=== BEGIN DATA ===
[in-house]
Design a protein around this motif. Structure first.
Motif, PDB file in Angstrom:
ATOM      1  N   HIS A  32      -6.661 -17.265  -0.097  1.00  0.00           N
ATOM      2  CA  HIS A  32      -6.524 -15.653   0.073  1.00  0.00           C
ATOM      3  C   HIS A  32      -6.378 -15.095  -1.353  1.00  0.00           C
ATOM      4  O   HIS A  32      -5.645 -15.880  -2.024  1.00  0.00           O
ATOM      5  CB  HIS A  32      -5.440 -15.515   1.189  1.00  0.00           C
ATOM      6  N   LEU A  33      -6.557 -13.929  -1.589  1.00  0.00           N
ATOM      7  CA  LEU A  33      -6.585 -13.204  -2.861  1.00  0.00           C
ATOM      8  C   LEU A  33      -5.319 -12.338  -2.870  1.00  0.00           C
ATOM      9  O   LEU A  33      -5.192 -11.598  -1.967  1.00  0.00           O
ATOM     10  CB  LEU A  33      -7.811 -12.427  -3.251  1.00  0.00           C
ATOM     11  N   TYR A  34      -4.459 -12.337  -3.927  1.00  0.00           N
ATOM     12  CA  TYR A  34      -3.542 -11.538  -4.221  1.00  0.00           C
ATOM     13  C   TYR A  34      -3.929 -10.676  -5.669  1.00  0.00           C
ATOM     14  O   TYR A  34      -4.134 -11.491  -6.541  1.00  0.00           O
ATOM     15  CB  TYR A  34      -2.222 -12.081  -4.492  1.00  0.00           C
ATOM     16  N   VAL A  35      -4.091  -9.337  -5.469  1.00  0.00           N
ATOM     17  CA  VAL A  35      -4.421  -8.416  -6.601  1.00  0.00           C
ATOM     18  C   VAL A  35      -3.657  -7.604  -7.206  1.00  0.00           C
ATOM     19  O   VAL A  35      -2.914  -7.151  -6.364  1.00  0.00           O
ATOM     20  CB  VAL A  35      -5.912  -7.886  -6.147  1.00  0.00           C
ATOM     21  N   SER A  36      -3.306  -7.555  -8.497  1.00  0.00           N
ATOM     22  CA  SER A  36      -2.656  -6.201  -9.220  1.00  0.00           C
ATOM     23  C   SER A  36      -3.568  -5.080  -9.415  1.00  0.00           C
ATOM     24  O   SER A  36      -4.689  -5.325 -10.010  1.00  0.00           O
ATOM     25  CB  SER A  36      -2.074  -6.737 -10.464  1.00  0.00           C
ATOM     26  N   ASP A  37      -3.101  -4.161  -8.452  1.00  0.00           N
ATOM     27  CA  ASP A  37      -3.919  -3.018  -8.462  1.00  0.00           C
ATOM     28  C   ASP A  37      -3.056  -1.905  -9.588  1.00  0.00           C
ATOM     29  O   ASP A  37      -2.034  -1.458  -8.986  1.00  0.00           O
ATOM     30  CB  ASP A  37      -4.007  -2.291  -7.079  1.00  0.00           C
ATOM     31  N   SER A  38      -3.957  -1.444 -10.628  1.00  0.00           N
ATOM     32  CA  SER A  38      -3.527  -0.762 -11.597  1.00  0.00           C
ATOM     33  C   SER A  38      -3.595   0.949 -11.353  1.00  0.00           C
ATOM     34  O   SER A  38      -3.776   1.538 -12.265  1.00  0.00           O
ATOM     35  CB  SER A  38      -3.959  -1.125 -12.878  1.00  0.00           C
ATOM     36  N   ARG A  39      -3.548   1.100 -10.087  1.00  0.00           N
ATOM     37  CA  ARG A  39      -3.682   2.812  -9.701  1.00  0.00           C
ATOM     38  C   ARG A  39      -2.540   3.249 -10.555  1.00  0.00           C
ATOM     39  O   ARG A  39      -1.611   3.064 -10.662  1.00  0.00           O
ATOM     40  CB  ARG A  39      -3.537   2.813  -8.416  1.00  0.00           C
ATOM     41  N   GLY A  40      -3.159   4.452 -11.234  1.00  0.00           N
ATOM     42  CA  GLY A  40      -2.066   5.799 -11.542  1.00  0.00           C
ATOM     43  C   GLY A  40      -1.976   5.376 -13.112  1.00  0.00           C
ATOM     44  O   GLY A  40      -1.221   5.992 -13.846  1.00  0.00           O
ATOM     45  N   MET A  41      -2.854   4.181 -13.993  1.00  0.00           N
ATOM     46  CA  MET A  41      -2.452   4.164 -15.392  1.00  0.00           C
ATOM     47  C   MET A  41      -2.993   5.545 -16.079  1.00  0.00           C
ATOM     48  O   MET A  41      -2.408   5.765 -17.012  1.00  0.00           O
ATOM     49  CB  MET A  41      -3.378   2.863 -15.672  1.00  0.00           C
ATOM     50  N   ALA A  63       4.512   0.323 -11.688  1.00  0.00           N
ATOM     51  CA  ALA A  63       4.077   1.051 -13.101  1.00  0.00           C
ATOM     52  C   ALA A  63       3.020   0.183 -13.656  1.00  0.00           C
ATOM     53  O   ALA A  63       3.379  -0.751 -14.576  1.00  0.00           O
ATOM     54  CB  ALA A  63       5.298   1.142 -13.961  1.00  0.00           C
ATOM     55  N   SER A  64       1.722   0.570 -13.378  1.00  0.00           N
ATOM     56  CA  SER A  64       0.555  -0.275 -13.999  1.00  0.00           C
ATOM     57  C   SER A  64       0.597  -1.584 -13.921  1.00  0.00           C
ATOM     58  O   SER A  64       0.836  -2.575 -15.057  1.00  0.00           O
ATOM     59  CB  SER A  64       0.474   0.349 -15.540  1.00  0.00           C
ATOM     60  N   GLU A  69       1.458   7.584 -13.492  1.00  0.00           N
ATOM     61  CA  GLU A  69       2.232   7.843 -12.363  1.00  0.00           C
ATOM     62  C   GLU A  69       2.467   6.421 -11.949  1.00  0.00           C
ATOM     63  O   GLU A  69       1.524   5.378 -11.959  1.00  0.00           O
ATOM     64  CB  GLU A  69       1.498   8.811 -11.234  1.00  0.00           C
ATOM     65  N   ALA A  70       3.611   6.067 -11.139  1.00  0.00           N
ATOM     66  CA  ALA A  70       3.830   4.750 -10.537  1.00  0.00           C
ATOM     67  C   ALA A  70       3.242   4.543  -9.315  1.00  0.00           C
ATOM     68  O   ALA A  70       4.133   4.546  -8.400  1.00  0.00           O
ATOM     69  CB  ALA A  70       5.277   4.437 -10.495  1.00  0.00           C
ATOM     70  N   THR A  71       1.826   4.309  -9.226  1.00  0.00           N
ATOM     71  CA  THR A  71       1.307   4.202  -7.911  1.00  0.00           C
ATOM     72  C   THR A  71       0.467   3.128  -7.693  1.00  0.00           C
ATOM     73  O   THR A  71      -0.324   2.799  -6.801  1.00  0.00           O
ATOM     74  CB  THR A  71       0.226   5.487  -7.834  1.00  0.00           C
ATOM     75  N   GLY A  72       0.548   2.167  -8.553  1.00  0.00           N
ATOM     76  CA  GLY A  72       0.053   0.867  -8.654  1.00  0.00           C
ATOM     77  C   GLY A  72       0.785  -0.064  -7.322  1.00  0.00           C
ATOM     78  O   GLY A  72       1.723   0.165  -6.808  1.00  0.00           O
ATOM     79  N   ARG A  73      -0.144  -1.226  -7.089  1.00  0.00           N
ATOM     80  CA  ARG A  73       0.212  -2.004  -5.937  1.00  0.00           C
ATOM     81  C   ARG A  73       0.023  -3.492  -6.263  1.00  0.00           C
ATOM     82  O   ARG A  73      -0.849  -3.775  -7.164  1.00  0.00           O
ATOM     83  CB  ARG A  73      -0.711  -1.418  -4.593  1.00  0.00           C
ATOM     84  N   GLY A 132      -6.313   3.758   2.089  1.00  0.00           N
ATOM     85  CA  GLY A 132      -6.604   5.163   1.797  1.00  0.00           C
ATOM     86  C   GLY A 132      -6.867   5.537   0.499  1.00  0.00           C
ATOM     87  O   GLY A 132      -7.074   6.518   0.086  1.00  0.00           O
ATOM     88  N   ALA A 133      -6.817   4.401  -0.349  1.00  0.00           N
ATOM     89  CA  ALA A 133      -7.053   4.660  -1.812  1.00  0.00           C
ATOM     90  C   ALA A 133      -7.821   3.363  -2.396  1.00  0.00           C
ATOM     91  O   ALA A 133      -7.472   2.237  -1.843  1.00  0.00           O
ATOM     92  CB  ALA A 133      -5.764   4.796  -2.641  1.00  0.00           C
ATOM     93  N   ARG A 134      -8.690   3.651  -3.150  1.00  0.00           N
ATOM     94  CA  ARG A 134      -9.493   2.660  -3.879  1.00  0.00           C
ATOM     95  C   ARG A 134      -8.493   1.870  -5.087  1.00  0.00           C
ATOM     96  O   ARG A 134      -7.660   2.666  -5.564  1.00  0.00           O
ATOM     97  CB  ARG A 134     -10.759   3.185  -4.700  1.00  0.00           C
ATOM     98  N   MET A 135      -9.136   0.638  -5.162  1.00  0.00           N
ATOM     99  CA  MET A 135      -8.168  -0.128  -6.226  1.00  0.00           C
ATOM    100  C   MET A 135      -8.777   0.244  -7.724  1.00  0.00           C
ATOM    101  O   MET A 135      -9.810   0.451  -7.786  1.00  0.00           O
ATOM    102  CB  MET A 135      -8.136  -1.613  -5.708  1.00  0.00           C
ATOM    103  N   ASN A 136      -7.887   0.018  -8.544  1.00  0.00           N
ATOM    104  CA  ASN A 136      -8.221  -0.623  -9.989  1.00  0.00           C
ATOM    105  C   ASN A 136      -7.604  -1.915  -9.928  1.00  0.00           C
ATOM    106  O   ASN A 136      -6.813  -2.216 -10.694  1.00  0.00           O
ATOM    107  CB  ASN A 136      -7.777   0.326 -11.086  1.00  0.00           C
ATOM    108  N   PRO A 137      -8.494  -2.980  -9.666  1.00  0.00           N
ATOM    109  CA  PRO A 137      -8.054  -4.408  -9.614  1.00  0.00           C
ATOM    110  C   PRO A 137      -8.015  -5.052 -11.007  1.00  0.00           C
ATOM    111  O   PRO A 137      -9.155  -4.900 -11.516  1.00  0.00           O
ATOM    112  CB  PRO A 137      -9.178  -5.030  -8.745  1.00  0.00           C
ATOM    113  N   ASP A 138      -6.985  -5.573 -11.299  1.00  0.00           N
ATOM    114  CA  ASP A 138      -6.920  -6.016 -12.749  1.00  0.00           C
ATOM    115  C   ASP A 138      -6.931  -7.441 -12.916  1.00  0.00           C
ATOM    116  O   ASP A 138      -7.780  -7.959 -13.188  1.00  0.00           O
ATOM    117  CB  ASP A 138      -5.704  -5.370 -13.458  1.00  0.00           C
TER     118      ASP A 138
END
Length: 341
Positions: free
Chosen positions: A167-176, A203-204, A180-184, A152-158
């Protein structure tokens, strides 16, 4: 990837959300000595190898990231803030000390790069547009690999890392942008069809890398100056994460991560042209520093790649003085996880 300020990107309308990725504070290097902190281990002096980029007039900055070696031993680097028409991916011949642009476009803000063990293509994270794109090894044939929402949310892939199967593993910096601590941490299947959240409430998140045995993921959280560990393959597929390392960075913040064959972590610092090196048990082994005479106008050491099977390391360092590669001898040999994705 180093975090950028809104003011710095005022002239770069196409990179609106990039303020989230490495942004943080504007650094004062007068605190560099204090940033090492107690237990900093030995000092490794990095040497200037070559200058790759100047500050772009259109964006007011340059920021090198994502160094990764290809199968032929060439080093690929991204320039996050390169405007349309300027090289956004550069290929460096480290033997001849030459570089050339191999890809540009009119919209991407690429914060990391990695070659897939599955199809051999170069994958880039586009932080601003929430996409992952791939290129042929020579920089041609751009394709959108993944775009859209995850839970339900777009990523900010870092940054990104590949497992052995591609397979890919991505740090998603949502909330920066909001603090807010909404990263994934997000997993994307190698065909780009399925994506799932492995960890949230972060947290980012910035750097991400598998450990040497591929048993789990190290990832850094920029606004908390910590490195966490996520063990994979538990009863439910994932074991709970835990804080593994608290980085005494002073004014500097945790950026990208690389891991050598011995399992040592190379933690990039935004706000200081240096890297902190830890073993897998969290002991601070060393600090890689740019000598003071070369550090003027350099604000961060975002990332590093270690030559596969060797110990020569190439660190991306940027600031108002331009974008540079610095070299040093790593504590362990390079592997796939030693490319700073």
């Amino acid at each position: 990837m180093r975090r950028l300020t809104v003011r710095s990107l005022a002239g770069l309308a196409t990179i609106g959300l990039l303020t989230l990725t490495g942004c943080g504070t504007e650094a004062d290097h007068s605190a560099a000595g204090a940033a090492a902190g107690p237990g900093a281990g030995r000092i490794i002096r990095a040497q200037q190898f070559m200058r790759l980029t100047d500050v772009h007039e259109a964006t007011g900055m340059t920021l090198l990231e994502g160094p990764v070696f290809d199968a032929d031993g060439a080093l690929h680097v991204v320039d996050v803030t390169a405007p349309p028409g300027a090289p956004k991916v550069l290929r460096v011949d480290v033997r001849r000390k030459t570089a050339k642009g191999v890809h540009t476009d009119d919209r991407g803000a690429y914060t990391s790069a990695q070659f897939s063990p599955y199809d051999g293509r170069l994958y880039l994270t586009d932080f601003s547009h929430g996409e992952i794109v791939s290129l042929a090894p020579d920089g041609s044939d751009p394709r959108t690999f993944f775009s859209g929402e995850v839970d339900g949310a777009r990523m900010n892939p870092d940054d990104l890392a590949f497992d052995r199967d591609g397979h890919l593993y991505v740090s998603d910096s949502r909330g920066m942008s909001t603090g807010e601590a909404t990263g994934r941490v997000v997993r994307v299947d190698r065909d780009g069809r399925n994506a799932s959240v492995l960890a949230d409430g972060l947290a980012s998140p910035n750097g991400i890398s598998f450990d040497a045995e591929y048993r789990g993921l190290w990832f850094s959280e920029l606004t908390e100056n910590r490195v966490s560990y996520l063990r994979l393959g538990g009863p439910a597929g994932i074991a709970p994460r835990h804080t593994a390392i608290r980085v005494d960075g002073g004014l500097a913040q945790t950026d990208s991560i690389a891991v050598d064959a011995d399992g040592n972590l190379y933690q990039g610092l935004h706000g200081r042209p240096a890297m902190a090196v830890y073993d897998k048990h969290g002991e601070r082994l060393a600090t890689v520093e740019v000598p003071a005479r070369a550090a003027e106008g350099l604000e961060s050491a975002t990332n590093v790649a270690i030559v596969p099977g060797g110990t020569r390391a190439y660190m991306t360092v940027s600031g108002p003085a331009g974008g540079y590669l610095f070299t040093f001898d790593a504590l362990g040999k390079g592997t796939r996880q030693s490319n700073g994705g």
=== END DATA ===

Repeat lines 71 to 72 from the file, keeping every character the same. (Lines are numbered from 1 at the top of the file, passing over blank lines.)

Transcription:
ATOM     68  O   ALA A  70       4.133   4.546  -8.400  1.00  0.00           O
ATOM     69  CB  ALA A  70       5.277   4.437 -10.495  1.00  0.00           C